Curve director Paul Kerryson has made something of a speciality out of his magic touch with musicals. In the big space of the main house he has presented blockbusters including 42nd Street, The King and I and Hello Dolly!. But the intimacy of the venue’s studio theatre and the claustrophobic smallness of Pam Gems’s 1978 play-with-music about the Little Sparrow are a different matter altogether.
Fortunately for all concerned, Kerryson completely ignores the confines of both the space and the material and gives us another spectacular show, all the more powerful for being up close and (very) personal.
Simon Scullion’s set design is all Parisian walkways, dark corners and atmospheric moodiness, aided by some subtle and effective lighting (Arnim Friess) and elegant costumes (Siobhan Boyd).
The supporting cast of eight throng the tight space in a multitude of characters, rushing through the Piaf biography in an episodic, ramshackle race from childhood poverty to drug-dependent stardom. They may not have much to work with in a succession of short, snappy scenes, but they do it in fine style.
Equally important are the superb band of just three – accordionist, percussionist and musical director/pianist Ben Atkinson – who render the songs musically as soulful, mournful and deeply emotional.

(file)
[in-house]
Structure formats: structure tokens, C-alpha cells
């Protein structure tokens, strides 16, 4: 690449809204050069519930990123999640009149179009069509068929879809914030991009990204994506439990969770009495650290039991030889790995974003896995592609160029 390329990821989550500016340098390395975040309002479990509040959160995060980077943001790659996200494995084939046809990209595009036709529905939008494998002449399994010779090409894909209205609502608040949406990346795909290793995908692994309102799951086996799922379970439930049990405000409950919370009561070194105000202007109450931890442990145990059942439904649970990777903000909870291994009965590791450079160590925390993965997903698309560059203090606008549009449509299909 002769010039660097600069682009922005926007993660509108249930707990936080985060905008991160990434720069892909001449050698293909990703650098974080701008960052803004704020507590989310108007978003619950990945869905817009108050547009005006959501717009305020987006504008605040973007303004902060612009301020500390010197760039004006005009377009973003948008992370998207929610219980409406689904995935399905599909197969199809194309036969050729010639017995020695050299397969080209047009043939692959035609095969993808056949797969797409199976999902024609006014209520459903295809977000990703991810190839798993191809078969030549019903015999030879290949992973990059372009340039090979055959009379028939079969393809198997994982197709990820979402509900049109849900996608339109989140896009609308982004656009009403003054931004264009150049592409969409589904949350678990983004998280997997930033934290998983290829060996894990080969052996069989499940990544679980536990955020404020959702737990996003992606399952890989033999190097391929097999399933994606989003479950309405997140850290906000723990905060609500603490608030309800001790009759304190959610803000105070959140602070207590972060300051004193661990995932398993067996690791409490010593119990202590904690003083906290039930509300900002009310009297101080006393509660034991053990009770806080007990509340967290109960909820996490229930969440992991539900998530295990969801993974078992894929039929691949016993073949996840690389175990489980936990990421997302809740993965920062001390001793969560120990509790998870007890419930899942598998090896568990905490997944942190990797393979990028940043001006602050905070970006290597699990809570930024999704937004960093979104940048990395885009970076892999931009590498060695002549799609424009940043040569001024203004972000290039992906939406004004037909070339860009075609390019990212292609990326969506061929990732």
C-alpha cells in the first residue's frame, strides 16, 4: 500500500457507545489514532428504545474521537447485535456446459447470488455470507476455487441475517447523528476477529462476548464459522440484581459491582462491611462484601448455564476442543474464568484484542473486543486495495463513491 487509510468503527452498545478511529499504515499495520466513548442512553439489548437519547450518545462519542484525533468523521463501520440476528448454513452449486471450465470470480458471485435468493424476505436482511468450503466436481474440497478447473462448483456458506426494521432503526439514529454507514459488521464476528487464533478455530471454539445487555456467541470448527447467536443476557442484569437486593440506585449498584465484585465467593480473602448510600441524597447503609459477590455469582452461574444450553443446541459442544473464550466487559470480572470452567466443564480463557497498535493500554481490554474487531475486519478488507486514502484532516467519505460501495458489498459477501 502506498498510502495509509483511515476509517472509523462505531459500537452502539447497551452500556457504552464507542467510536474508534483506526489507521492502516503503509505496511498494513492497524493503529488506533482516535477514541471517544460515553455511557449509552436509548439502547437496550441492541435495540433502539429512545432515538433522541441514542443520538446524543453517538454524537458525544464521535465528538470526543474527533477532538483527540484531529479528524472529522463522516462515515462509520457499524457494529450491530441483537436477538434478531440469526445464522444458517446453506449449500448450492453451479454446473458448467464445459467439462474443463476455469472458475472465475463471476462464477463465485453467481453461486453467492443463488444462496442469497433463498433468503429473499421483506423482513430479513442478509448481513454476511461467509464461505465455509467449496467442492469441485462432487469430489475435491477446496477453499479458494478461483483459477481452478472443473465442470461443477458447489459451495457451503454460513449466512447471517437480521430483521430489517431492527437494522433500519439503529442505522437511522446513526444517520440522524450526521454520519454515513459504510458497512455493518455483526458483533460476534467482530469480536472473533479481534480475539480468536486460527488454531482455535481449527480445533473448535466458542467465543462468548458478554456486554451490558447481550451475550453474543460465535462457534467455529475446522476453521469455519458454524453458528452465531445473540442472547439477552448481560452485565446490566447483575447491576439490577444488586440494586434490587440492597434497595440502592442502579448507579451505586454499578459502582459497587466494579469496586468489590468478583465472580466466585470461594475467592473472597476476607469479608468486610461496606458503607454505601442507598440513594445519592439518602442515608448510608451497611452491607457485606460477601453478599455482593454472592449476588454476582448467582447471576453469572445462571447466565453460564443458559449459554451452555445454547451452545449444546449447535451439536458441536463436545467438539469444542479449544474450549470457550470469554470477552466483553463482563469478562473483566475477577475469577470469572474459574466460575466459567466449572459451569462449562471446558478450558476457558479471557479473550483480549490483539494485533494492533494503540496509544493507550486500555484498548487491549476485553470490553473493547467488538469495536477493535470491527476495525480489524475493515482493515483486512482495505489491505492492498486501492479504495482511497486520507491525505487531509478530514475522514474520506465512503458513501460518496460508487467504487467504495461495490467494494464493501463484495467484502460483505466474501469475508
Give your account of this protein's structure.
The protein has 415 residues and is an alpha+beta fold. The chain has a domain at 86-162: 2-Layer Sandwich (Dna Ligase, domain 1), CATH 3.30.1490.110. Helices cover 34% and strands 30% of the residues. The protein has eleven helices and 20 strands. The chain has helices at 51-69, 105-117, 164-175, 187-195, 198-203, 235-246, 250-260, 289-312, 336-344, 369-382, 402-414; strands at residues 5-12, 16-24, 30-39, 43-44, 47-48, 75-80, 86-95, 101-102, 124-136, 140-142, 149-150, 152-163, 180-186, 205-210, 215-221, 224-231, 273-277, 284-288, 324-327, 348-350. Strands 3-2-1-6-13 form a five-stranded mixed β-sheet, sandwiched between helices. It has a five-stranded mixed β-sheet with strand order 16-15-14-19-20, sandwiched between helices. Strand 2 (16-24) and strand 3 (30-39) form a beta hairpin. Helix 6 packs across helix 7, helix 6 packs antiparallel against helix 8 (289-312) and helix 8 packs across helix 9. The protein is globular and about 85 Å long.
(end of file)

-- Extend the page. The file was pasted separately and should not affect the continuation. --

But there’s no doubting who this show really belongs to. And it’s not – despite the best efforts of its author to present a flawed, sympathetic genius – Piaf herself. It’s Frances Ruffelle, the diminutive, extraordinarily-voiced actress who barely leaves the stage for two-and-a-half long hours, ravaging her voice and body in the representation of this French icon.
Piaf’s tale is grim, gritty and pretty sordid, and Gems gives us every unpleasant detail in full focus. In the end, she emerges as selfish, amoral and reckless to the point of self-destruction – hardly sympathetic. But in Ruffelle’s supremely controlled vocal performance, there is genius in abundance, and it’s her delivery of the haunting, impassioned songs that strikes the real note of emotional truth that Piaf herself was apparently so desperate to convey.
A tour de force, she heads a production that looks and sounds both powerful and bleak, and is not for the faint-hearted.
- Michael Davies